Contempt is extremely corrosive and will destroy relationships and society if not countered. Rather than encouraging people to repair a breach, contempt encourage people to separate, widening the gap. The solution is to truly listen to people you disagree with, looking for how you share values “the why” even when you disagree about what’s the best course “the what”.
When an issue comes up repeatedly via multiple sources I take it seriously and strive to figure out what I can do. Contempt is the most recent issue that has surfaced in my life. I am striving to remove contempt from my life and encourage people I am interacting with to do the same. This post is an attempt to take the battle against contempt beyond the people I regularly interact with in person.
Often I will read a book which leads me to other books. It is not surprising that common themes emerge for books which are clustered together in this way. However… when I find a common theme emerging from multiple books which I came to from different sources I take notice. This suggests that either the issue is quite common, or that it is an issue that providence, fate, God, (whatever you want to call it) is asking me to pay attention to. Contempt has been a significant feature in several excellent books I have read in the last month which came to me through varied sources:
- A Freakonomics interview of Arthur Brooks prompted me to read his book Love Your Enemies. A call to not just be tolerant and be polite, but to actively care for others and to look for shared values. Reading this book helped me recognize spots of contempt in my life, which ironically included the organization that Brooks was the president of for 10+ years, the American Enterprise Institute. Learning something of Brook’s values has me taking a second look at their materials. I don’t necessarily agree with their positions, but I am learning from them rather than dismissing them.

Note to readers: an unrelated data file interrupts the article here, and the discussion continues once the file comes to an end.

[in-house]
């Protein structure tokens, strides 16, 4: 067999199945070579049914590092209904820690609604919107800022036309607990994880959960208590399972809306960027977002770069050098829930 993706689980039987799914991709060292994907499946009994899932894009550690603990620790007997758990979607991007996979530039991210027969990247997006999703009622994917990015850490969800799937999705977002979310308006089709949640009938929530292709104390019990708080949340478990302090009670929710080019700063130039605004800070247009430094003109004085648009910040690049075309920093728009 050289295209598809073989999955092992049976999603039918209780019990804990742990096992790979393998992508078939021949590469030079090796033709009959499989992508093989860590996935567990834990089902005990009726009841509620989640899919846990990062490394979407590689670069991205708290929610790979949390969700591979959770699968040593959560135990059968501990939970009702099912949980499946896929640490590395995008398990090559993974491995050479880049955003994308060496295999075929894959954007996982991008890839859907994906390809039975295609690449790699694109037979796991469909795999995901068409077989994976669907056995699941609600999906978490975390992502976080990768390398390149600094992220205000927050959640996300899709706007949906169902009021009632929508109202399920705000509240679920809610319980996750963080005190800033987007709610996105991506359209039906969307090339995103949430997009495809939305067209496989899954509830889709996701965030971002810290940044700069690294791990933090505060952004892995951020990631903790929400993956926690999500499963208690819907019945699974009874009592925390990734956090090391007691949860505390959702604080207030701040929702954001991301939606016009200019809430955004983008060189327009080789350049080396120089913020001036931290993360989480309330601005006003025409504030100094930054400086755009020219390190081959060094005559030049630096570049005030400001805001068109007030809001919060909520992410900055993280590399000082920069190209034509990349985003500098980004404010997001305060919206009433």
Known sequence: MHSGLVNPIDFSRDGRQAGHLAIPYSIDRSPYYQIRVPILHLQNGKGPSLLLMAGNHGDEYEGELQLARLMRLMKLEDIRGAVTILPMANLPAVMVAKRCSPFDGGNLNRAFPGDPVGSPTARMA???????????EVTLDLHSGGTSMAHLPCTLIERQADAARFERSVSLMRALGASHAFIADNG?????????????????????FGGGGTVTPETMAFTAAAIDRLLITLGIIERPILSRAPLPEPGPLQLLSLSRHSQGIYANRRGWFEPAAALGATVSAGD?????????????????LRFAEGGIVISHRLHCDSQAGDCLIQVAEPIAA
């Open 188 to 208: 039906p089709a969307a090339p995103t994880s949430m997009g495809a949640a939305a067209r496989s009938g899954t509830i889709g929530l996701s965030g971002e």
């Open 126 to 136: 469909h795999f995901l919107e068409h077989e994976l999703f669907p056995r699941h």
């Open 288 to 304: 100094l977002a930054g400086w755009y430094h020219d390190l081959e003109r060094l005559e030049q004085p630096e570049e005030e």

- Many people in my church are reading Saving Us, Katharine Hayhoe’s book about climate change. In this book Katharine suggests that only 7% of the US population are hard core climate change “deniers”: people who have taken a stand based on identity, and will be very hard (if not impossible) to effectively engage with. She encourages her readers to engage with everyone else by finding common values, and then show how those values naturally lead to working on the issue which have beneficial outcome rather than focusing on “climate change”. The book also touches on the science of climate change, and actions people can take.